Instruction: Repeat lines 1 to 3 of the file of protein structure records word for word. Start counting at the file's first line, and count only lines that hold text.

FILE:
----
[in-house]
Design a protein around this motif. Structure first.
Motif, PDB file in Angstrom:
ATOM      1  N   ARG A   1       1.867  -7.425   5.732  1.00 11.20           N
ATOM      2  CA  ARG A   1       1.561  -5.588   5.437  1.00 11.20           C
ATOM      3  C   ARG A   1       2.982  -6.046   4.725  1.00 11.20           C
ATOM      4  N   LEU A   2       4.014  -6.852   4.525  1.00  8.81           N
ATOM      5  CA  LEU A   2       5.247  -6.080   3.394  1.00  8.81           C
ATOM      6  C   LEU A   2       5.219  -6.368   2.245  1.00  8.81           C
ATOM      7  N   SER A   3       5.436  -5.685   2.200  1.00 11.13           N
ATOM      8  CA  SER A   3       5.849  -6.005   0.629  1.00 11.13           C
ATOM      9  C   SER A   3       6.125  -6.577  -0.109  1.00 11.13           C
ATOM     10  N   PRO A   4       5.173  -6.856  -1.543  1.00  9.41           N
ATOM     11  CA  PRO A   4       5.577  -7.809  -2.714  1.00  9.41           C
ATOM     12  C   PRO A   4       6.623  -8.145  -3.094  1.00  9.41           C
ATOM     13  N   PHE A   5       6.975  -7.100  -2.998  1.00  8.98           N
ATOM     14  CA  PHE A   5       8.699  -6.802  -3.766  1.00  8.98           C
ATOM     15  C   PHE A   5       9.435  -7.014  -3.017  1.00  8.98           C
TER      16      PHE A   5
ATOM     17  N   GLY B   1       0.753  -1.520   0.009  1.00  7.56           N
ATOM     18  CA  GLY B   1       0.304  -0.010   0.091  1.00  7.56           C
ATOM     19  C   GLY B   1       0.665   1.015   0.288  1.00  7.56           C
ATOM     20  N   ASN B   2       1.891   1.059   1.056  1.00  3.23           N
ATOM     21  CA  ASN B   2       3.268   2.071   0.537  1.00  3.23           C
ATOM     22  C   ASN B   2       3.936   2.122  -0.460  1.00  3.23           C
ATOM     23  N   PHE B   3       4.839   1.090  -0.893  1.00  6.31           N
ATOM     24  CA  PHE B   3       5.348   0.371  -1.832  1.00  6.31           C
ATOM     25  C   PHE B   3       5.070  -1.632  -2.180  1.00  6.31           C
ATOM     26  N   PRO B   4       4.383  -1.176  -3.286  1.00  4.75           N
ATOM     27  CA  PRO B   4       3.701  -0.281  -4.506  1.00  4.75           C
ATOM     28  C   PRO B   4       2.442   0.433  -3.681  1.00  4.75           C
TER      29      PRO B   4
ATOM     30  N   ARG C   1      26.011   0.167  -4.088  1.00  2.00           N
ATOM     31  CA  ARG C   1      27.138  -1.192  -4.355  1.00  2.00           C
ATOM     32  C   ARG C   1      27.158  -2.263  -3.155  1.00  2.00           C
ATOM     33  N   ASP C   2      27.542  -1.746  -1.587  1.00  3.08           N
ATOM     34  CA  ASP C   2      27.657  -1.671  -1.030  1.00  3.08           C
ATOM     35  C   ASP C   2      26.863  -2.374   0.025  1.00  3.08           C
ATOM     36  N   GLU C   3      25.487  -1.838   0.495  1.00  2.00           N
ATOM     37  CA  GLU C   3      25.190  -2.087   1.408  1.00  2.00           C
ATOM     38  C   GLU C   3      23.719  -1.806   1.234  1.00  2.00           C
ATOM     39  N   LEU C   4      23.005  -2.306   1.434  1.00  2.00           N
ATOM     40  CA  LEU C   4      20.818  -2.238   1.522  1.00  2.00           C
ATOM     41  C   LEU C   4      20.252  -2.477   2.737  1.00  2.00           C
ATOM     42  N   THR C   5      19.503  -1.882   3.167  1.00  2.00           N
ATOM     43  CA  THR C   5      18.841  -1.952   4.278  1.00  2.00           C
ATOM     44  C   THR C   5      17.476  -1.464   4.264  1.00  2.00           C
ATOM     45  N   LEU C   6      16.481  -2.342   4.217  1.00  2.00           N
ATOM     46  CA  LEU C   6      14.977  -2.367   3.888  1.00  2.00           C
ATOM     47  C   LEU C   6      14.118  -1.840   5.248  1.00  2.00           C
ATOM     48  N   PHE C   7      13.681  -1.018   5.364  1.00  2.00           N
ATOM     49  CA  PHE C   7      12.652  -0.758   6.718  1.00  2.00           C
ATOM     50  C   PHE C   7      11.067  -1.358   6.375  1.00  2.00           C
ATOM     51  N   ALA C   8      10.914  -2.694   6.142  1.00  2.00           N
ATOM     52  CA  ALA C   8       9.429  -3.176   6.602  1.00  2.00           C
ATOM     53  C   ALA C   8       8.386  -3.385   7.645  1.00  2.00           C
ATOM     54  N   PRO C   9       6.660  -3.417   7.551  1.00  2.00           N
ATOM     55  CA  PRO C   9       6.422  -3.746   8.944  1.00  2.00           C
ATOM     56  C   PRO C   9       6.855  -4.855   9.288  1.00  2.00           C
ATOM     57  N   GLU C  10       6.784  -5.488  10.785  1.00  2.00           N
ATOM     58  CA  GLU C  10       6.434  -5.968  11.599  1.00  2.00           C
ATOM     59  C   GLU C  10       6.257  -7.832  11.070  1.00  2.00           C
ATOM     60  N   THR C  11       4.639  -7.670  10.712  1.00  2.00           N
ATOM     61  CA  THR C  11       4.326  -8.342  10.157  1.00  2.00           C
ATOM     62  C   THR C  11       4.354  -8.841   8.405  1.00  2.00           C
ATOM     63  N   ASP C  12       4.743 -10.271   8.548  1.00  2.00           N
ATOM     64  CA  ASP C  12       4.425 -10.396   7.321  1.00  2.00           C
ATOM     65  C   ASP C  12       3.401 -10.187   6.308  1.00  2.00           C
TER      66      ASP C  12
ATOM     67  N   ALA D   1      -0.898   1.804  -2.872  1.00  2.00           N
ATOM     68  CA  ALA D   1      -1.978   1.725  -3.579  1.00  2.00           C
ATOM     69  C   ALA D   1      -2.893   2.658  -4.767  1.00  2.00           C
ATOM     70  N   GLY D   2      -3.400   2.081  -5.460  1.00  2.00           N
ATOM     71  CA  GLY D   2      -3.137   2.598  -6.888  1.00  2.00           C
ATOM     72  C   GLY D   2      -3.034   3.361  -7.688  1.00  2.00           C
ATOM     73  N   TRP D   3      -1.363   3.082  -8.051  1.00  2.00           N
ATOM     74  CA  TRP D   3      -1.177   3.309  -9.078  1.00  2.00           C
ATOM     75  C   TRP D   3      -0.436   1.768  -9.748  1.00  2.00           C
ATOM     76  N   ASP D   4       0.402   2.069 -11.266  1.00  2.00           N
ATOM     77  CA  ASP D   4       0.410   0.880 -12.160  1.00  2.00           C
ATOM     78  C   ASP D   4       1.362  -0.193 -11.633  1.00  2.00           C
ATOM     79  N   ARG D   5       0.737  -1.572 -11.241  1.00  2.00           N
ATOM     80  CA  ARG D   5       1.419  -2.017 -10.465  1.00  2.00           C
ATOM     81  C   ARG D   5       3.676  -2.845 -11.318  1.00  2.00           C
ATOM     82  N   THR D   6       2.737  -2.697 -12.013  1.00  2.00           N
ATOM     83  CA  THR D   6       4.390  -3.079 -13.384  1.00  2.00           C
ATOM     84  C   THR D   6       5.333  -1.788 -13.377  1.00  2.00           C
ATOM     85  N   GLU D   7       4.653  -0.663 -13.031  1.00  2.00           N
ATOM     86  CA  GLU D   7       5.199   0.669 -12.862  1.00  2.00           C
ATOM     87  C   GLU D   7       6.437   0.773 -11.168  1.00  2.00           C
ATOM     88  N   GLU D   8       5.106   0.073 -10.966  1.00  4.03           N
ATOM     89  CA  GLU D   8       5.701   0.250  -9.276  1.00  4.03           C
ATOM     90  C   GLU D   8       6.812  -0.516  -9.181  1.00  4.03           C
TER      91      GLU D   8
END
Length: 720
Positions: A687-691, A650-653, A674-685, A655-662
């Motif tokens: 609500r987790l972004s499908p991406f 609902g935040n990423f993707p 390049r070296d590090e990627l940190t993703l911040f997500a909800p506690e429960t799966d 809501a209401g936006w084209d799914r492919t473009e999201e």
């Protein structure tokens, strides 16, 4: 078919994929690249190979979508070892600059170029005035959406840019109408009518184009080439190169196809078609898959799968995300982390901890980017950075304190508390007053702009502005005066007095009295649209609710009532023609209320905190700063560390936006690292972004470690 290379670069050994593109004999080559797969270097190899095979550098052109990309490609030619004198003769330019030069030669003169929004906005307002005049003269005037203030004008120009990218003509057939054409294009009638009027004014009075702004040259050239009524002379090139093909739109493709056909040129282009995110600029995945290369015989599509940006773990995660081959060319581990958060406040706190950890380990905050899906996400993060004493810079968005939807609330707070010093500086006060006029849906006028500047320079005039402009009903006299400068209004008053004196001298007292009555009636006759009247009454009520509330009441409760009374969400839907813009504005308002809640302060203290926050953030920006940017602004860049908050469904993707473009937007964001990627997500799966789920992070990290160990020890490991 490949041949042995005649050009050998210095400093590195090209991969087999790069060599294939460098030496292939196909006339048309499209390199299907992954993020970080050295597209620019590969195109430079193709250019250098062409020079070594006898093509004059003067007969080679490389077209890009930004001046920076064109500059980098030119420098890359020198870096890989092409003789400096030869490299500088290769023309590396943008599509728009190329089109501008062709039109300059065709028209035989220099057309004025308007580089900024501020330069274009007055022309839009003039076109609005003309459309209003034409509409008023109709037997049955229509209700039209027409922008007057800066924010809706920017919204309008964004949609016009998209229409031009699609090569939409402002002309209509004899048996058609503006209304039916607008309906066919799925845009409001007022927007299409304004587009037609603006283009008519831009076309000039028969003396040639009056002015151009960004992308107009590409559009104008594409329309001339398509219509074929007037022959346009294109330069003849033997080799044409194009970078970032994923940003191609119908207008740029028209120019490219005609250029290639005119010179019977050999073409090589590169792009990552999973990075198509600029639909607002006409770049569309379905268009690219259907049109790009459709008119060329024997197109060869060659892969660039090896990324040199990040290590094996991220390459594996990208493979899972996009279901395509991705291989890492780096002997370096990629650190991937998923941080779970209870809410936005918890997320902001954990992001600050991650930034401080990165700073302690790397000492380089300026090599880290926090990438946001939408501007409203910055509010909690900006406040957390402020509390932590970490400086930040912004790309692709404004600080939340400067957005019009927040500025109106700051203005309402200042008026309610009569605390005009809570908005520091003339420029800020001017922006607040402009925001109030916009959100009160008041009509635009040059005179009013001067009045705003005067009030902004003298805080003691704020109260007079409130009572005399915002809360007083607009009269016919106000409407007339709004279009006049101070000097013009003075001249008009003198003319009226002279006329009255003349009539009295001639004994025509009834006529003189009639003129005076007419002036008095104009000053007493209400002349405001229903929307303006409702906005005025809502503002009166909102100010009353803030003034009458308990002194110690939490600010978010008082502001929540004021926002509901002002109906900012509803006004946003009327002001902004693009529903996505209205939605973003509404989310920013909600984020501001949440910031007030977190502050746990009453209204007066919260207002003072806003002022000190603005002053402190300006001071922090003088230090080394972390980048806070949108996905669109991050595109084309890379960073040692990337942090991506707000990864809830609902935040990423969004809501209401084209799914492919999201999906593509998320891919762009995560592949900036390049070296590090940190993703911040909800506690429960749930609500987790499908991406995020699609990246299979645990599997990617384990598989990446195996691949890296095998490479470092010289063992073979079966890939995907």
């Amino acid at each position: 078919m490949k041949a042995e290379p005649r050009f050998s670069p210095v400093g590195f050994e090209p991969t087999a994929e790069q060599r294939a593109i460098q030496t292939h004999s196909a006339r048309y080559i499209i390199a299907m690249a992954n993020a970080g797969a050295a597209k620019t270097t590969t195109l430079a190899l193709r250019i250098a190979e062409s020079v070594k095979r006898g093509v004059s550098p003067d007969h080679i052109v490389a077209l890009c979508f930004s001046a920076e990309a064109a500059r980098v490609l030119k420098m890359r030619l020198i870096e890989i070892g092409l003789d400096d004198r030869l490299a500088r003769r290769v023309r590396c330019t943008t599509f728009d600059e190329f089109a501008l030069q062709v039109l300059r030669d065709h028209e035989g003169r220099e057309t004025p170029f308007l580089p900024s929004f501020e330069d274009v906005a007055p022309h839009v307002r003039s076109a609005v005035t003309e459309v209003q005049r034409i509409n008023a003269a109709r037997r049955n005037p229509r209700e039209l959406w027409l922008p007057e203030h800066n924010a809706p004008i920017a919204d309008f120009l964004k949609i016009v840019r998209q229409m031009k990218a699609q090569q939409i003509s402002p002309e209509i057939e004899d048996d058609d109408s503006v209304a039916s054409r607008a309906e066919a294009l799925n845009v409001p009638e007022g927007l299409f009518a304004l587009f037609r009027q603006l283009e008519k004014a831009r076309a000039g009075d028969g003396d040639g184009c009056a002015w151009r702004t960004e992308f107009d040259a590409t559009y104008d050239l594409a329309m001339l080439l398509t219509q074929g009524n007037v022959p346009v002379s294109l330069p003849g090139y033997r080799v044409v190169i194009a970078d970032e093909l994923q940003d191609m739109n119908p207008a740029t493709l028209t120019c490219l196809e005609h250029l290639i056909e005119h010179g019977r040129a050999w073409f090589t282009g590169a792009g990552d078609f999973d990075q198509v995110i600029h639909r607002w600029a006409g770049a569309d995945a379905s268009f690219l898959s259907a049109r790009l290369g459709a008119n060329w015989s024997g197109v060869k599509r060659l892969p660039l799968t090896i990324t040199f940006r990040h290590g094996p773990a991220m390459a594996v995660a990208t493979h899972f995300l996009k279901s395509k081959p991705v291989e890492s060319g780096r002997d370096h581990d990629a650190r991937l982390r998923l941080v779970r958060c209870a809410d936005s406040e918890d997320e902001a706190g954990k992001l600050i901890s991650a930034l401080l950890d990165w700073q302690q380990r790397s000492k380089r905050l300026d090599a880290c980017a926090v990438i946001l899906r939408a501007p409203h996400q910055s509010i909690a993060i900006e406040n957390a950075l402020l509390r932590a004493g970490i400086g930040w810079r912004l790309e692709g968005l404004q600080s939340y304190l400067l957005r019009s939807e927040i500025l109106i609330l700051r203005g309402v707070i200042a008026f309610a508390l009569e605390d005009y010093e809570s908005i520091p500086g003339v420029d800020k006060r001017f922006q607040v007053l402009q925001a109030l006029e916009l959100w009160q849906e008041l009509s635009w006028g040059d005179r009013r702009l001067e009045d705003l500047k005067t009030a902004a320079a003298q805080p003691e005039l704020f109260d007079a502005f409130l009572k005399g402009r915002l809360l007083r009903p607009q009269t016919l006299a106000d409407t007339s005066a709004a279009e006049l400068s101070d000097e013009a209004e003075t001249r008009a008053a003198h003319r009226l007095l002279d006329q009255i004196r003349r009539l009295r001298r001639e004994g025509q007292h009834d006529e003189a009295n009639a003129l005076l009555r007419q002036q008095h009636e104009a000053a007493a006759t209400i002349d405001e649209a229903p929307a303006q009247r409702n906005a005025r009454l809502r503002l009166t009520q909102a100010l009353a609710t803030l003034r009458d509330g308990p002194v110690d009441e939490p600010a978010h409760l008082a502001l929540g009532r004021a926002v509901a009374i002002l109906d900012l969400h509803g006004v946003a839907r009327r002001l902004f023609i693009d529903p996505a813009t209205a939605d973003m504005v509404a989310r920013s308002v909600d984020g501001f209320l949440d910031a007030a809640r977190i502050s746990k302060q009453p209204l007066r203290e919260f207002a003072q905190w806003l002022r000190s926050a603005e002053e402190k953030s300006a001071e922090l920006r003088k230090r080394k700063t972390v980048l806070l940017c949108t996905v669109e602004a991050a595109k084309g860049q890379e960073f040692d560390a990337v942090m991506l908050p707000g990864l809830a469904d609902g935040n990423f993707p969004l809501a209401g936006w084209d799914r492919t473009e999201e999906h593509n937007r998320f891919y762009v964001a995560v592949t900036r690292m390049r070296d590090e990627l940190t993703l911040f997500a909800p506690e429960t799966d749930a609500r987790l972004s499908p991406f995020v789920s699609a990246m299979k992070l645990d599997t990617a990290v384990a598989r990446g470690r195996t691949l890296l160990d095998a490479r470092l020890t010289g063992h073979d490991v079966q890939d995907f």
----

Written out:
[in-house]
Design a protein around this motif. Structure first.
Motif, PDB file in Angstrom: